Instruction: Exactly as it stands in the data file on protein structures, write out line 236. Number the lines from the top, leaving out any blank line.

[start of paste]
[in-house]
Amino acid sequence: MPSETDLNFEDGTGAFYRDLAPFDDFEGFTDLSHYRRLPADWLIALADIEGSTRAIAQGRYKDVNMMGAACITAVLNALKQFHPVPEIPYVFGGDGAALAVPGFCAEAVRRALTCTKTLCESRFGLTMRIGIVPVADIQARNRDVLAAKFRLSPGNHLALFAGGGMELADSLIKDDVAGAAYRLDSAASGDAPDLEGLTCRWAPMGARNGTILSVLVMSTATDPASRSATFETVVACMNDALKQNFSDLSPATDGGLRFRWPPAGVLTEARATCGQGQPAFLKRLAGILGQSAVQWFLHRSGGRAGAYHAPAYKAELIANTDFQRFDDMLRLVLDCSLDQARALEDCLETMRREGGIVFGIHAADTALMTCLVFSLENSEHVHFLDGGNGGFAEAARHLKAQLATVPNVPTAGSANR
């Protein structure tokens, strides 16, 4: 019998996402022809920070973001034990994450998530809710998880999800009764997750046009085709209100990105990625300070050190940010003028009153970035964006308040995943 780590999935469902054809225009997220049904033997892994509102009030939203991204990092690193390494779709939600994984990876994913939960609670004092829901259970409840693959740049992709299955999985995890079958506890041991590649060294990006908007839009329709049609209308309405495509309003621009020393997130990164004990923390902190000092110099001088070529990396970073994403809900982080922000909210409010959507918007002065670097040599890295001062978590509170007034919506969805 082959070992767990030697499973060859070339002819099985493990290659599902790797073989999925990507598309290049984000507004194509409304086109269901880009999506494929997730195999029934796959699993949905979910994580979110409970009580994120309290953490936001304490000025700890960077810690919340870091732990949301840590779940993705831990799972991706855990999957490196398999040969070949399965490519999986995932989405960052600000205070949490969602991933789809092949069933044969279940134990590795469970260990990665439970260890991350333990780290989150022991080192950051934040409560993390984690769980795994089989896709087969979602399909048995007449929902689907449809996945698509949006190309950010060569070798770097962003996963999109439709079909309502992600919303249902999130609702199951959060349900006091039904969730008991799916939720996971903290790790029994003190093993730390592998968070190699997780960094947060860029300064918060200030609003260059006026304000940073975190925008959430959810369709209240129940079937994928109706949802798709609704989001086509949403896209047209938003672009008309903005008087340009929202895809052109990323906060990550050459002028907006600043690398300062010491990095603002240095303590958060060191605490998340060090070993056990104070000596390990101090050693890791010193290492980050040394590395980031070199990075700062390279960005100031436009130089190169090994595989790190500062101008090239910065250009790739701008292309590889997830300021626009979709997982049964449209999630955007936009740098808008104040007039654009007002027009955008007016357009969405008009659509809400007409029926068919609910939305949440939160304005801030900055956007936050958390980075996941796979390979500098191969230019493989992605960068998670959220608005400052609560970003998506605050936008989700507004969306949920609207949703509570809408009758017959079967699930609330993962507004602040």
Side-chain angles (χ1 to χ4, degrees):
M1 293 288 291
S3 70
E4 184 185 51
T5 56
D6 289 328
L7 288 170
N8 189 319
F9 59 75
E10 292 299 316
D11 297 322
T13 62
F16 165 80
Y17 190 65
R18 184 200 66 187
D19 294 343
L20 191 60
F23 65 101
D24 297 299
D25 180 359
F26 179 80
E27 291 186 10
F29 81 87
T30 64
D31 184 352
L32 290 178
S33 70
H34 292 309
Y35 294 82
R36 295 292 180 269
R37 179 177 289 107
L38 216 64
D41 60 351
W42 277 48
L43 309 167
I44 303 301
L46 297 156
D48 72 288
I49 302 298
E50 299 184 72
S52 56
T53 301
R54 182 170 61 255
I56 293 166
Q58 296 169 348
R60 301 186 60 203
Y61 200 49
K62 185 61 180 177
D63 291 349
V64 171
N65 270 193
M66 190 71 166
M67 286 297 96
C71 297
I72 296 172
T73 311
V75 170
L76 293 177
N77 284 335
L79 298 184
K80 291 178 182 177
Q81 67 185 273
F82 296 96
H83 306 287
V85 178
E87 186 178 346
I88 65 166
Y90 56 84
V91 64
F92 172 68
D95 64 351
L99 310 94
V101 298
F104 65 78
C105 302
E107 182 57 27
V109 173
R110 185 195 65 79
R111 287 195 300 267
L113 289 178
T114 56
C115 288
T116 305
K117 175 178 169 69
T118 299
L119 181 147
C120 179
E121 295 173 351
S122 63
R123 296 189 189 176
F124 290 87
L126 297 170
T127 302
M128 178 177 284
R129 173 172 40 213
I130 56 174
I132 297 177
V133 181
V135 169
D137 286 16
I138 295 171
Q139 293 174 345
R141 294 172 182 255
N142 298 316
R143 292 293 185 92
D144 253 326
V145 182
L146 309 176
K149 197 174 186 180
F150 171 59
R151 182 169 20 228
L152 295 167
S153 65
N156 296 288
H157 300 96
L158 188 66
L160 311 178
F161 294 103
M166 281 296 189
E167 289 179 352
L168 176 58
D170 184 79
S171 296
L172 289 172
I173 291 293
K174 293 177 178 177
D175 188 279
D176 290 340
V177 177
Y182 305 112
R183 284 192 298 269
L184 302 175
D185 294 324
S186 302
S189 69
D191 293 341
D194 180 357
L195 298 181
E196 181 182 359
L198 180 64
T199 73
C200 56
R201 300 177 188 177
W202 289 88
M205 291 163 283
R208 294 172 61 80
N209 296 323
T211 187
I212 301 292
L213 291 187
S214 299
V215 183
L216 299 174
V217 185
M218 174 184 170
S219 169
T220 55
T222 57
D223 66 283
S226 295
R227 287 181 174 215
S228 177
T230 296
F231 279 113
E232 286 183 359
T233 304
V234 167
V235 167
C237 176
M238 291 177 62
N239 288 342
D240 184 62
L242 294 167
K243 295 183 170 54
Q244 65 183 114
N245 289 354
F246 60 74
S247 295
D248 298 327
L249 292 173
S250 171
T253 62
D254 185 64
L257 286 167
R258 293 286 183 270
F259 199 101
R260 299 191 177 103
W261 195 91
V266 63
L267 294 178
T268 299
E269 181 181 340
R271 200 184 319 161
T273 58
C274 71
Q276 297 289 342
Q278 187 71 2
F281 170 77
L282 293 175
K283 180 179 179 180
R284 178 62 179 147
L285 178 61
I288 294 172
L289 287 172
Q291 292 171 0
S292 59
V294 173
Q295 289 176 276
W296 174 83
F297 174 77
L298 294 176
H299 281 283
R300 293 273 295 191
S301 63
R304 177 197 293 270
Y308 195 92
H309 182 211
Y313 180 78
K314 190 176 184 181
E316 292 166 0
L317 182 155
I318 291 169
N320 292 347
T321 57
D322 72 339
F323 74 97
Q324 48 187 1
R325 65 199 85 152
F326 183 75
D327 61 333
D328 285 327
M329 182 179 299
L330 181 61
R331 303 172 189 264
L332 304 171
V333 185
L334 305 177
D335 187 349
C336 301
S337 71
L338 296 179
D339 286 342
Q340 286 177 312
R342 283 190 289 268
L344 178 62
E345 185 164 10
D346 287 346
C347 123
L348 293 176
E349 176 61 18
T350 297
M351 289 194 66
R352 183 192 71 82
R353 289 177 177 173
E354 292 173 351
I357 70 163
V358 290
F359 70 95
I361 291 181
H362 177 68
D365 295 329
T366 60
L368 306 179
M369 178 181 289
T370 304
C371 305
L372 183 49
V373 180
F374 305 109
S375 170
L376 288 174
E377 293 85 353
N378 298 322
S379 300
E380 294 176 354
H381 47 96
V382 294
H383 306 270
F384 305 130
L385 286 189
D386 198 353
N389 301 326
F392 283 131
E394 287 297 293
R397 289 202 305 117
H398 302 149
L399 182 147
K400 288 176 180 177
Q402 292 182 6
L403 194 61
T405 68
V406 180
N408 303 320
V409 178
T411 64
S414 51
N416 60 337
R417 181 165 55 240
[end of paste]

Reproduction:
L330 181 61